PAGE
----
Tunisia’s President Kais Saied is facing growing resistance to his plan to scrap the constitution introduced after a popular uprising that began 11 years ago this month and restored democracy to the country.
The Citizens Against the Coup group has called for countrywide protests from December 17, the date the uprising began, until January 14, the day, in 2011, on which autocratic president Zine El Abedine Ben Ali stepped down.
“Let us all mobilise from all corners of the nation and stand up in memory of the outbreak of the Revolution of Freedom and Dignity,” the group said in statement posted on their Facebook page on Saturday night.
Tunisians had previously celebrated the uprising on January 14, but Mr Saied recently changed the date to December 17, saying the revolution was not yet complete.
On Friday evening, Mr Saied reaffirmed his position rejecting the current constitution.
“We can no longer keep working with this constitution in the coming years as it does not hold any legitimacy any more,” he said, an allusion to the dissolution of Tunisia’s Higher Judicial Council, or Conseil Superieur Magistrature.
The council and Mr Saied have been locked in a bitter struggle since he issued a decree on late September that gave him judicial powers in addition to the executive and legislative powers he claimed after dismissing the government and suspending parliament on July 25.
The CSM is the first public institution to publicly defy Mr Saied, resisting pressure from the president to prosecute the political parties Ennahda and Qalb Tunisie for allegedly using foreign funding in their 2019 election campaigns.
The council plans to meet other civil society actors on Monday to formulate plans to “thwart” Mr Saied’s proposal to dissolve it and “lay his hand on the justice system”, lawyer and former judge Ahmed Souab told public radio on Saturday.
This followed a statement by the CSM’s General Assembly on Friday in which they said they would remain independent and not submit to pressure or decrees.
The council “will remain in session to ensure the proper functioning of the judiciary”, the statement said, and sounded a warning against “any violation of the independence of the judiciary”.
Jaouhar ben Mbarek, a professor of public law at the faculty of juridical sciences at the University of Tunis, told The National that Citizens against the Coup decided to demonstrate on December 17 against Mr Saied because its members see his appropriation of the uprising anniversary as “a symbolic attack”.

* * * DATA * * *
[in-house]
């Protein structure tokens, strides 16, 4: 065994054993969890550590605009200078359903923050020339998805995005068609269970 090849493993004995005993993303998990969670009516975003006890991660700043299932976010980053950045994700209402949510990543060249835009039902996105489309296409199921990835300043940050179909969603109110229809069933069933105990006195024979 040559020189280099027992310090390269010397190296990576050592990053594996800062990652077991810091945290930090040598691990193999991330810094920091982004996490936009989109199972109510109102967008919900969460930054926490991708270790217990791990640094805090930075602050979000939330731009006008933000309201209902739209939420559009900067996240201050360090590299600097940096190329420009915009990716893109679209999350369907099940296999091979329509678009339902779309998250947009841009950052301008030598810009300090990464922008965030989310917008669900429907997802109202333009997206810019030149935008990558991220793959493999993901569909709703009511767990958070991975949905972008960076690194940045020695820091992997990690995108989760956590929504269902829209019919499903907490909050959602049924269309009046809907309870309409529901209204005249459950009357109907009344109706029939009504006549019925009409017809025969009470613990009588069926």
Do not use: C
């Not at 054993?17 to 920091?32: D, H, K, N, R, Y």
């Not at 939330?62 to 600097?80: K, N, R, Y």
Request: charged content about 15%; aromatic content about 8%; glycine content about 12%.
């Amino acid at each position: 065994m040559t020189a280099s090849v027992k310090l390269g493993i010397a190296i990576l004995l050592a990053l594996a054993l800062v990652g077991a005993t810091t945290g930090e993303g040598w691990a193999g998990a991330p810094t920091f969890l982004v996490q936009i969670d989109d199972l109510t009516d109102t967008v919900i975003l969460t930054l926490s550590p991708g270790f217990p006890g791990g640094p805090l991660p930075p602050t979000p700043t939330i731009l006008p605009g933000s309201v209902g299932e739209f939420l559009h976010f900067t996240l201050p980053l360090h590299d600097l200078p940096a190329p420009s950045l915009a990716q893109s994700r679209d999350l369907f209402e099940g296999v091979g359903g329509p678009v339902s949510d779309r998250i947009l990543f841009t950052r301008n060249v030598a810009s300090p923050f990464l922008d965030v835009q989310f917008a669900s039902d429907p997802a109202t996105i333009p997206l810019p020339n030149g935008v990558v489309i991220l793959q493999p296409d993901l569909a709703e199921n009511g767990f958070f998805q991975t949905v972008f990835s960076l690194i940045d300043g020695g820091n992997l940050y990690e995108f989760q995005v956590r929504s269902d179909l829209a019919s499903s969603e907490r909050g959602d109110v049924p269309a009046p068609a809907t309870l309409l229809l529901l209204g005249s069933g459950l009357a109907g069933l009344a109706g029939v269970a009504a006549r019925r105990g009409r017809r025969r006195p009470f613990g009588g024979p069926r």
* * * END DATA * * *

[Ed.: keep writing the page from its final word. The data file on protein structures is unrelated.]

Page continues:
Mr ben Mbarek said that “despite internal and international pressures, Mr Saied continues to attack the constitution and continues to take measures that consolidate his coup d’etat and the consolidation of judicial powers into his hands to support his utopian project to change the political system”.
He was also concerned that the president may transfer the responsibility for elections to the Ministry of the Interior.
Earlier this month, Mr Saied dissolved the Ministry for Local Affairs and passed the responsibility of the democratically elected municipalities to the Ministry of the Interior.
Mr ben Mbarek said he was concerned about the safety of protesters.
“Mr Saied has created a violent situation for his political opponents ... the ‘electronic army’ has never stopped attacking us online with every type of threat against individuals and our families.”
He expressed concern that events on December 17 may take a violent turn.
Political commentator and author Amine Snoussi told The National: “We are seeing the close friend of Kais Saied – the law professor Amine Mahfoudh – speaking in the media.
“He went on Mosaique FM [Tunisian radio station] explaining that there will be a new constitution soon and there will be a new referendum coming soon.”
Mr Snoussi also believed that violent clashes were a distinct possibility at next Friday’s celebrations.
Looking beyond December 17, he said: “I think what will come next will be more uncertainty and more doubt.
“Mr Saied is losing the popular vote and he is not fit to write a constitution. He is trying to impose his ideals of local democracy and local constitutions, which is not possible in Tunisia.”